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Jun 29

Astronomy Smorgasbord, Summer 2022

June 29 @ 7:00 PM - 9:00 PM EDT

|Recurring Event (See all)

An event every week that begins at 7:00 PM on Wednesday, repeating until July 6, 2022

Virtual Event Virtual Event
$75

Register below!

Six topics with six different instructors.

Wednesdays, 7 PM, June 1, 8, 15, 22, 29; July 6

$75. Fee reduction by request to classes@aaa.org

June 1 Star Spectroscopy

An introduction to spectroscopy and RSPEC devices and software for gathering and analyzing star spectra. Followed by a Q&A and discussion with amateur astronomers doing stellar spectroscopy. Our instructor is Tom Field, President of Field Tested Systems LLC, former Contributing Editor to Sky and Telescope Magazine, regular presenter at NEAF conferences.”

June 8 What’s up in the summer sky?

An orientation to the constellations and key stars visible by eye alone 9 PM to after midnight in all directions this summer. Also special sky events and objects viewable in binoculars, like Messier objects, will be included. Our instructor is Tony Faddoul, a graduate student studying architecture, engineering, and management who has given astronomy talks in many forums. Tony is an avid observer and writes monthly columns titled “What’s Up in the Sky?” for Eyepiece, our online magazine. These columns can be viewed on aaa.org under the “Observe/See the Stars & Sky” menus at the top.

June 15 The History of the Telescope (according to Bart)

Bart Fried is the Executive V.P. of the AAA and the Founder of the Antique Telescope Society. He’s also a student of the how the telescope evolved with his own take on it. This is an expansion of an AAA Podcast he gave on the same theme. From the first working telescope to the James Webb Space Telescope, you will learn how much … and how little … this wonderful invention changed and spread. It  brought enlightenment and revolution to our understanding of the Universe and its size. It changed humanity itself.

Bart and his scope. Photo by Katherine Troche

June 22 Zodiac Constellations

The Zodiac is the oldest and most recognize set of constellations in the our nighttime sky. First named by the Babylonians, these 12 [or is it 13?] constellations chart the motion of the Sun and planets in our solar system. We’ll find some answers to how the two dimmest constellations rose to such world prominence and the part astrology played in early astronomy. Join us tonight for a trip through the science, history and myths of this ‘Circle of Animals’ that we call the zodiac.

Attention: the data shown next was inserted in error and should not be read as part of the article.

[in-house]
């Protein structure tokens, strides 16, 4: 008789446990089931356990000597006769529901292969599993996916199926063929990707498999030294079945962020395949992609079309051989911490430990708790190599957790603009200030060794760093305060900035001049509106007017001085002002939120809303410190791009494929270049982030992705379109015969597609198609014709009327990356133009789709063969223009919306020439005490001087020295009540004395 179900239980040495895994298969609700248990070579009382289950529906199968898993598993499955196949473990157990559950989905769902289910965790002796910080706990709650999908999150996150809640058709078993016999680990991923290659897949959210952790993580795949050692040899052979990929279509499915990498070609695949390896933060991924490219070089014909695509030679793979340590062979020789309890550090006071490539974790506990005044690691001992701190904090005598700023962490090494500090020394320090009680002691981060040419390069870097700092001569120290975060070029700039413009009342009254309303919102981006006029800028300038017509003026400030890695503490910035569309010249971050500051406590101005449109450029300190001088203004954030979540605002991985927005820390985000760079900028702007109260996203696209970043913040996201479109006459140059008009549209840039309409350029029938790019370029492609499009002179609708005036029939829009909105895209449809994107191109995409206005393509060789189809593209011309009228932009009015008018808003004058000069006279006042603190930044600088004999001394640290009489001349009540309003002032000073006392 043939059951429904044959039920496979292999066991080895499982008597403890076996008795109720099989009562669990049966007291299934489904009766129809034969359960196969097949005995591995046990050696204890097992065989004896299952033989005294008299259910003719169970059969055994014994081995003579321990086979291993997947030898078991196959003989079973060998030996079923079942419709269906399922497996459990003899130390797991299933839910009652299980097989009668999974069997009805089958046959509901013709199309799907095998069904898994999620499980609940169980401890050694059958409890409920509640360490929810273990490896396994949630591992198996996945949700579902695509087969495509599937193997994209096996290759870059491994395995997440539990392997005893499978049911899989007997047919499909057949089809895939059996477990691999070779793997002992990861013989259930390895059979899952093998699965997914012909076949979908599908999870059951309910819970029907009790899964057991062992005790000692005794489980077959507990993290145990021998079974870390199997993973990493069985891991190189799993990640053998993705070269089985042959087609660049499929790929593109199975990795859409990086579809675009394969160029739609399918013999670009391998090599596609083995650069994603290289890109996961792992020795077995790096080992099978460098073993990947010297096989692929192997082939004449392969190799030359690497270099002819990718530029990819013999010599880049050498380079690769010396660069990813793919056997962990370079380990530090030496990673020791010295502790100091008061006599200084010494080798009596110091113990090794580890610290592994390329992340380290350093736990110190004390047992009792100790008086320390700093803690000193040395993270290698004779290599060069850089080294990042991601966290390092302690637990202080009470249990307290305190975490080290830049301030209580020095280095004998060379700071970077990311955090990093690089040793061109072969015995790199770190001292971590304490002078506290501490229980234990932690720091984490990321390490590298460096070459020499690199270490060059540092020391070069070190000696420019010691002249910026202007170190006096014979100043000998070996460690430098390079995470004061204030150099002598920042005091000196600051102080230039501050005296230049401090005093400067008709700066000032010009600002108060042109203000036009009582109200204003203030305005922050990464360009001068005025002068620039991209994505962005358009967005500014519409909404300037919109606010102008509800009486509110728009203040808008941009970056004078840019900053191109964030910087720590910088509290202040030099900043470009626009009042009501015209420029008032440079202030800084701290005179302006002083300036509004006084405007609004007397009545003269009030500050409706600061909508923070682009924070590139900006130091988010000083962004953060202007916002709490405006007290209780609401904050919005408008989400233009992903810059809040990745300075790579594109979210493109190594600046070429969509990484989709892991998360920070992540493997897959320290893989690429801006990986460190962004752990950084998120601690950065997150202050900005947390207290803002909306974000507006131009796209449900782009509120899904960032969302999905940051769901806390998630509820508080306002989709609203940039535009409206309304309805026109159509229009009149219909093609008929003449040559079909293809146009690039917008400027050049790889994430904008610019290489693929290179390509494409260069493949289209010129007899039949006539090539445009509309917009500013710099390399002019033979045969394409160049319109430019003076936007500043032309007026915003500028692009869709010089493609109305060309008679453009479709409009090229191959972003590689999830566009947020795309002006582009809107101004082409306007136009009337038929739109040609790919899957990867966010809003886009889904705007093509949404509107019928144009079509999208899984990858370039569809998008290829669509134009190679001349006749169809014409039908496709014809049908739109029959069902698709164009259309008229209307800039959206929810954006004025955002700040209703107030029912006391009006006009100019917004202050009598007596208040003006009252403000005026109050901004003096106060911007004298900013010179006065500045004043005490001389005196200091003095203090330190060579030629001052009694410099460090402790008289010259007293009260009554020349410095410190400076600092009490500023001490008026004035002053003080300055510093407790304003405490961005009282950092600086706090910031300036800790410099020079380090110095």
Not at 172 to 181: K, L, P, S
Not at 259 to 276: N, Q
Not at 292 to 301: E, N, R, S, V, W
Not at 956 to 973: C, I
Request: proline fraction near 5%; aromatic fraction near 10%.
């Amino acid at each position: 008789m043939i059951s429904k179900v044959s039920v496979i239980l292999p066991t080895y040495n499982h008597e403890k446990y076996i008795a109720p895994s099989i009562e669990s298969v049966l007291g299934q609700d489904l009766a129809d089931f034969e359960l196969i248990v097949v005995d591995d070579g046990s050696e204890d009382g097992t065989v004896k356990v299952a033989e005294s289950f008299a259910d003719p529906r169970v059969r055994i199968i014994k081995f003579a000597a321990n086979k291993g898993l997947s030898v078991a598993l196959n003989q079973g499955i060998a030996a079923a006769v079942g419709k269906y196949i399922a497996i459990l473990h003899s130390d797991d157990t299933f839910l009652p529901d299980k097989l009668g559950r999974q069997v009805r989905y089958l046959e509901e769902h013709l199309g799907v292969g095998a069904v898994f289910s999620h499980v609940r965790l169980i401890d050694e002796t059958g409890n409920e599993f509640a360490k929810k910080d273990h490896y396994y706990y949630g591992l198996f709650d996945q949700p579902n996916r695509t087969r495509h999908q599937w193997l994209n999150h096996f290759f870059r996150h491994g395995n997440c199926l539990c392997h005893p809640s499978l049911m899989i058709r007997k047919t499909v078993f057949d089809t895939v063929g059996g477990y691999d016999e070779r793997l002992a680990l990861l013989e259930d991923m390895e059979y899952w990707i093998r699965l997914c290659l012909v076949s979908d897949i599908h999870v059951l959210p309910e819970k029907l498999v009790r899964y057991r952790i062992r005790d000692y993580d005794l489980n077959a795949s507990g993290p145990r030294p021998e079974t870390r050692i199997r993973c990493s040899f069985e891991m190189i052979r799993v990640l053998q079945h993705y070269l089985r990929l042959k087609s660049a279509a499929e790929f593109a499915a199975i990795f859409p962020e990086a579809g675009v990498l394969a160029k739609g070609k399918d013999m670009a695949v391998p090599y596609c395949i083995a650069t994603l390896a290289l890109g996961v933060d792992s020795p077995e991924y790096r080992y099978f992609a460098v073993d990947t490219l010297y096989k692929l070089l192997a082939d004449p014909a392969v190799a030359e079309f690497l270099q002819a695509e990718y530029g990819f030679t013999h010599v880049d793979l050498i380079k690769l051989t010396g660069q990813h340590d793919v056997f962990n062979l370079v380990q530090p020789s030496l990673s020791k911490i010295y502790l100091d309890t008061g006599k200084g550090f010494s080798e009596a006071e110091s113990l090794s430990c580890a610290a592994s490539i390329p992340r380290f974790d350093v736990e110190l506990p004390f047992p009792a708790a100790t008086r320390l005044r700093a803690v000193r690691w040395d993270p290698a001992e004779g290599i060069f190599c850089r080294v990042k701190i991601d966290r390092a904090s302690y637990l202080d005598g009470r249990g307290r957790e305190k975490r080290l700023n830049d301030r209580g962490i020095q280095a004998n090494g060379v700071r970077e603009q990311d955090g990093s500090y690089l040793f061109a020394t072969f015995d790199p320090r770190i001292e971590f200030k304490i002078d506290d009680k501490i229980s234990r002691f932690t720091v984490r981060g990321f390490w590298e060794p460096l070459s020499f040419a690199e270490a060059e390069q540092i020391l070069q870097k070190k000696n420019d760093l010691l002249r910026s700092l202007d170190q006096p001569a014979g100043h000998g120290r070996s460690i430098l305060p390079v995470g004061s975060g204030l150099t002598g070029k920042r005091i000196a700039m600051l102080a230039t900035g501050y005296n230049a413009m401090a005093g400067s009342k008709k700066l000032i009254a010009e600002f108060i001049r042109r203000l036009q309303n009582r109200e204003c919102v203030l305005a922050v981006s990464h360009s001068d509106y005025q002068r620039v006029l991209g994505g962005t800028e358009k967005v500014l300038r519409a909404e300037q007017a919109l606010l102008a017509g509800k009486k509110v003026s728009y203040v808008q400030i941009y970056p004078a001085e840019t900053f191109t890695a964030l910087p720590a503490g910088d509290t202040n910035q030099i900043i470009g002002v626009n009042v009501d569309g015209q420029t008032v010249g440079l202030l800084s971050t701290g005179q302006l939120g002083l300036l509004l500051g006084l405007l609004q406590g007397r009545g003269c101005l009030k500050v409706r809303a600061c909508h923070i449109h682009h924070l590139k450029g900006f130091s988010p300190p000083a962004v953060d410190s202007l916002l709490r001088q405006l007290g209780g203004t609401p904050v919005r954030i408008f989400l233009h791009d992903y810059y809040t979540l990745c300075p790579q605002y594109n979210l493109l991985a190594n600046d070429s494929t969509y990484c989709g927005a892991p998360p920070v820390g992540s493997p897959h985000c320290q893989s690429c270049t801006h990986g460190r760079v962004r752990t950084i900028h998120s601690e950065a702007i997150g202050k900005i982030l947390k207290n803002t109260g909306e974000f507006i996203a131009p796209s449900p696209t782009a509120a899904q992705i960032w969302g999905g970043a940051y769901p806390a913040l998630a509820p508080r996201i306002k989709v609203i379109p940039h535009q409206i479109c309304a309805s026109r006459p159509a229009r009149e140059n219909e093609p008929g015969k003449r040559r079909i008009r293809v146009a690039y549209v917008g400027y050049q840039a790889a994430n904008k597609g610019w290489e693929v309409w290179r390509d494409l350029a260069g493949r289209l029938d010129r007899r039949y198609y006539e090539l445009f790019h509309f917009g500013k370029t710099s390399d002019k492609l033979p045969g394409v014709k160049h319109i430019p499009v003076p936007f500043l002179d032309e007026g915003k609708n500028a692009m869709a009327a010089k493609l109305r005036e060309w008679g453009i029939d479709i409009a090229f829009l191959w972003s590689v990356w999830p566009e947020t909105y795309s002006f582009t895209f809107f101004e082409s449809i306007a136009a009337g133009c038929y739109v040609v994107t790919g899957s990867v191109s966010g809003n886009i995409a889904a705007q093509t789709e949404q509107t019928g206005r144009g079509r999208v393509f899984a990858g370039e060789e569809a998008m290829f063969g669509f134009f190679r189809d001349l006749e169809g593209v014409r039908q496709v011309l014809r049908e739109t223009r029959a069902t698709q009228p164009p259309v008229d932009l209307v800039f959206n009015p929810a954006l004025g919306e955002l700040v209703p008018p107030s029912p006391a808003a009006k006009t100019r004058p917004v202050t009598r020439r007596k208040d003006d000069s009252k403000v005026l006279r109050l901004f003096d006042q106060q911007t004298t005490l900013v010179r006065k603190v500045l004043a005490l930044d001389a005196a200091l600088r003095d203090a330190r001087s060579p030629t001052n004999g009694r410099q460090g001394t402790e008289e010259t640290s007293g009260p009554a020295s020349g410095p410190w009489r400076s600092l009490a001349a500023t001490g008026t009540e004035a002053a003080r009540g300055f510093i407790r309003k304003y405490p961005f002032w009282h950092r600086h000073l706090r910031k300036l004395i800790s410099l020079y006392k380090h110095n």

Presented by Lydia Maria Petrosino, an active member of the AAA and WAA (Westchester) and a student of archeoastronomy – how ancient cultures viewed the sky. A realtor by profession, she gave public lectures in the domed auditorium of the Hayden Planetarium for many years. She has told constellation stories in AAA classes too.

June 29 Evolution and the Tree of Life

Offered as a precursor to a coming course on astrobiology. We consider how molecules could group into simple cells starting the process of life. We explore the fundamentals of modern evolutionary theory and see how a free program, “One Zoom”, diagrams the linking of 2.2 million species. There are parallels between stages in evolution and stages in the cosmos from the Big Bang to today. Our instructor is Natalia Belfiore, biology professor at the University of Bridgeport, CT. She completed her PhD and postdoc work at the University of California and Purdue in the field of ecology. Dr. Belfiore authored dozens of papers on environmental impacts on marine and animal life, including gorillas, worldwide.

NOTE: Class members should acquaint themselves with the evolutionary tree as presented on ONEZOOM.ORG , endorsed and promoted by Richard Dawkins.

Tree of Life

July 6 Global Warming: What We Know and Don’t Know

Few issues generate more public debate; for even fewer is the debate conducted with so much misinformation and irrational exuberance. I will present a dispassionate analysis of what we know and what we don’t know about climate change, clearly distinguishing facts from fictions, and physics certainties from feedback uncertainties. I will begin by exploring the astronomical factors that have driven climate change in the past (solar variability, orbital variations, etc.) and describe how measurements of past climate derived from tree rings and ice cores help inform models for predictions of the future. I will conclude with my analysis of our current state of knowledge.

A faculty member at Columbia University for 45 years, Prof. David J. Helfand is an Inaugural Fellow and past-president of the American Astronomical Society, and is currently Chair of the American Institute of Physics. He is author of “A Survival Guide to the Misinformation Age”. Dr. Helfand gave an AAA lecture in 2020 on using radioactive isotopes to measure timing of cosmological events,  the subject of a coming book.

Details

Date:
June 29
Time:
7:00 PM - 9:00 PM
EDT
Cost:
$75
Event Categories:
,

Venue

Zoom